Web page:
Developing these platforms gave us the runway we needed to get WAND back on track. We used the resources gathered through these development sprints to not only keep funding our marketing efforts, but even to allocate some TLC to the core WAND platform, and push out the big 2.0 update that we did last Summer.
Where We’re Headed
Over the last year coming out of the roller coaster that was 2020 and into a more stable world, we’ve learned a lot more about where opportunity lies for our company and are currently working on some of our biggest changes yet. I’ve talked a lot about our customer side users above, but if I were to be frank, one of the things that we’ve learned as a company is that our real advocates are our cleaners, and customers in many ways are a product that we offer to this side of our marketplace.
One of our last updated features that we’ve seen the most adopted usage of has been the ability for a cleaner to invite existing customers into the WAND app and to manage that customer free from our usual 20% commission.
We did this because in keeping in touch with many of our top cleaners we learned that they loved WAND so much for it’s ability to process payments, manage their schedules, communicate seamlessly with customers and even offer insurance, that they wanted to invite customers that they’d acquired outside the platform to the app to leverage these tools further; They just didn’t want to do this at the expense of a double-digit percentage cut of their profit since they’d acquired these customers themselves rather than our lead generation funnel.
All this said, one double digit percentage that we’re noticing inside WAND, is that now a large portion of our total user base consists of these invited customers who’re using the app for free. From our vantage point, this is fantastic, but it also means that as a company we’re leaving value on the table. It’s for this reason that we’re currently thrilled to be working on a new version of the platform, that even more specifically addresses the value propositions mentioned above where we’re addressing the pain points of a more established cleaning provider base.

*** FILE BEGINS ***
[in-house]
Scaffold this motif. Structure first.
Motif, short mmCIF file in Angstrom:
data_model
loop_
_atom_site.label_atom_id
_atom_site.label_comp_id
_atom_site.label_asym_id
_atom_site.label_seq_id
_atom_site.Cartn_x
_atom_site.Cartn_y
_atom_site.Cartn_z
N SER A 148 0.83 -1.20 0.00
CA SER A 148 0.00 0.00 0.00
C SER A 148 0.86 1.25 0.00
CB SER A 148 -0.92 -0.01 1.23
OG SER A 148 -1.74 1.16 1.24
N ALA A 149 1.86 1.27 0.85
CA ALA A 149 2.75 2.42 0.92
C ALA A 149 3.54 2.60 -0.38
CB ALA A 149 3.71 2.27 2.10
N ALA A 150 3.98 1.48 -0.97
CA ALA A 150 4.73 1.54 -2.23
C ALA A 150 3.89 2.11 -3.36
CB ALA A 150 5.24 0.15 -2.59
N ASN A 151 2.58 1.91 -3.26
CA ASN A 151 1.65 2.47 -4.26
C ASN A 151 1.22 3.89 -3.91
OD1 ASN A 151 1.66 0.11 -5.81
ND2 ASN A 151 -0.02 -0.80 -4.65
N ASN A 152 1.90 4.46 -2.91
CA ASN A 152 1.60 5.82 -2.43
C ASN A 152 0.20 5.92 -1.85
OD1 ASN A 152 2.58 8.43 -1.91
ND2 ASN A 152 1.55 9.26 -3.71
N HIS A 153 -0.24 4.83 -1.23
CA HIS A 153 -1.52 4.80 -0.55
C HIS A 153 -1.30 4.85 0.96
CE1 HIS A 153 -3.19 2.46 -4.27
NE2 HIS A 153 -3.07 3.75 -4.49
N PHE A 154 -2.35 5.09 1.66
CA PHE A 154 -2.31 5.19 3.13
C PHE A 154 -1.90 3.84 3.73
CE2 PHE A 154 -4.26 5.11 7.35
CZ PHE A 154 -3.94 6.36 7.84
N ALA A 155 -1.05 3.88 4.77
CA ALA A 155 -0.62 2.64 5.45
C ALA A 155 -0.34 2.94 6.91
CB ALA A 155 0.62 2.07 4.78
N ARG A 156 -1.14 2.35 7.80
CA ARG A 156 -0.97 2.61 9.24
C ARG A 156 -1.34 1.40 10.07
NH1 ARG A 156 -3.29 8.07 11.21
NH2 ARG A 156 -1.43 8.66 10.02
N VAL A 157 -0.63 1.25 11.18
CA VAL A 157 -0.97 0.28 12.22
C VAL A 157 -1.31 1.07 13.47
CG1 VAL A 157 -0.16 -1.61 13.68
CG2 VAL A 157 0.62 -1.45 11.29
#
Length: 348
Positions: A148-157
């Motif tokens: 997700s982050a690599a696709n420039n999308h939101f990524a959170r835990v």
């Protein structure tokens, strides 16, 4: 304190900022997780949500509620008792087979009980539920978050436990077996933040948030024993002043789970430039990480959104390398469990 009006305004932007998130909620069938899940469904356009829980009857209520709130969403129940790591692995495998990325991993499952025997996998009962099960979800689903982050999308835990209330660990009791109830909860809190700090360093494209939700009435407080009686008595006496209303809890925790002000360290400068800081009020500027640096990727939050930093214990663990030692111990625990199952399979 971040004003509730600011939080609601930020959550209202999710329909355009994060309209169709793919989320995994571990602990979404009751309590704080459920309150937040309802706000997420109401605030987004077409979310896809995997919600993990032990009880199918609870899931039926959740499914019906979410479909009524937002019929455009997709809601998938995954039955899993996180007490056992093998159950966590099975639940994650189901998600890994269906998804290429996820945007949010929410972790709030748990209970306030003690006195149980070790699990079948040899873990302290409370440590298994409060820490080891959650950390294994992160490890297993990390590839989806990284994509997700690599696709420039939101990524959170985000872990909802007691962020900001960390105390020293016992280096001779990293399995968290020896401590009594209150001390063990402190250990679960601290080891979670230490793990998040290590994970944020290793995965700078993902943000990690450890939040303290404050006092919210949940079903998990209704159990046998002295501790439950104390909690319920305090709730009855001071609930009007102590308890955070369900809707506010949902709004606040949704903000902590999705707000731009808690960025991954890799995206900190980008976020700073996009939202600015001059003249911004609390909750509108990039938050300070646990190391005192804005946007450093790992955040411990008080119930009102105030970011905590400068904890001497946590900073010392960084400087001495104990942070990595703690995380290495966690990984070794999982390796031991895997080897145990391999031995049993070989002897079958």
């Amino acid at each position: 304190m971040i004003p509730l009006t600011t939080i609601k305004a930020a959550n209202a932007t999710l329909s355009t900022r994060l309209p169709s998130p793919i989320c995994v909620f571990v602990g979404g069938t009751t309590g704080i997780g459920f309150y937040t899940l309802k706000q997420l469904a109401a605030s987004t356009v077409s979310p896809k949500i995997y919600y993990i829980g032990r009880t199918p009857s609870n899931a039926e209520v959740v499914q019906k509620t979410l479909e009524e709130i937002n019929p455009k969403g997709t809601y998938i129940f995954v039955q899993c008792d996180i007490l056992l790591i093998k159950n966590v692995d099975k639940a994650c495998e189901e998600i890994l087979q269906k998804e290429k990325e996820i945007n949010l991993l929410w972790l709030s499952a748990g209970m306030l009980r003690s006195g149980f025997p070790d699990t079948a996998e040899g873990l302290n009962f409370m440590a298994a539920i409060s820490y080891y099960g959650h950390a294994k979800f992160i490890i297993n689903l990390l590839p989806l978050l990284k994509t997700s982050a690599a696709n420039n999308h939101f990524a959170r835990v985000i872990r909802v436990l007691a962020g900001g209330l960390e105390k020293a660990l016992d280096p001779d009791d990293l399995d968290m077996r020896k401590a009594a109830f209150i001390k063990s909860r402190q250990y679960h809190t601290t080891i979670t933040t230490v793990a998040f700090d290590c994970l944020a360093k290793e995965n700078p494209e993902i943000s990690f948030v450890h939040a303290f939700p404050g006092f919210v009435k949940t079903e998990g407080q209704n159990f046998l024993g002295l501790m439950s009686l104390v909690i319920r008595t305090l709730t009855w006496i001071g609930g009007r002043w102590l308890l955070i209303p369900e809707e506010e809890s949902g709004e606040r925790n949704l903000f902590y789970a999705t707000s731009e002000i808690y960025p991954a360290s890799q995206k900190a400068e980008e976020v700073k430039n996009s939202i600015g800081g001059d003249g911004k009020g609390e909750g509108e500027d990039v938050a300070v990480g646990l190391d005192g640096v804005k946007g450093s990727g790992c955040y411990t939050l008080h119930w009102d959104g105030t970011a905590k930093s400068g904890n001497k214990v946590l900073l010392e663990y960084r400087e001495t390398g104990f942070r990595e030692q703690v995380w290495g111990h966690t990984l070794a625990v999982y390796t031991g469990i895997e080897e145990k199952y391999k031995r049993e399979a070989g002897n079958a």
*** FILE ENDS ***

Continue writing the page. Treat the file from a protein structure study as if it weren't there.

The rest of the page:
So here’s the scoop: We’re building an all new version of WAND, where professional cleaners can sign-up and pay a flat monthly fee to use our app as a tool to grow their businesses. We have many questions that we’re still working through in doing this, like how we may be able to blend being a customer acquisition channel and a software tool with even simpler questions like the exact pricing structure and additional features we’ll add in this new version. We’re excited to work through those challenges however, because our company is nothing if not resilient and exited to face new challenges.
The thing that nets us our intrinsic purpose here at WAND, is being a platform and now building new platforms that help individuals find sovereign streams of income. And for our customers, this purpose comes in the form of allowing folks to buy the one thing back that they never thought they could: time. Our quantifiable for this latter point based on total tracked services is that users have purchased back about 2800 hours of their time through WAND over the last 2 years. To put in a more tangible perspective, that’s over 116 days!
So thank you. Whether you’re a cleaner, customer, investor, or even just following along our journey, it’s the people behind our platform that make all this possible. We’ve got a long way to go to maximize the degree to which we’re adding the above value to the world. There are countless hours of time that we can help people buy back, and there are countless individuals who we can help to own their stream of income. We’ll be keeping at this mission, one of each at a time.
Stay tuned for more, onward and upwards.
If you’d like to keep up with Wand’s journey for more updates like this, of even use the app if you happen to live in one of the markets where we’re live, you can checkout our website here.
Next week, I’m going to talk about what makes St. Louis a positive-sum city.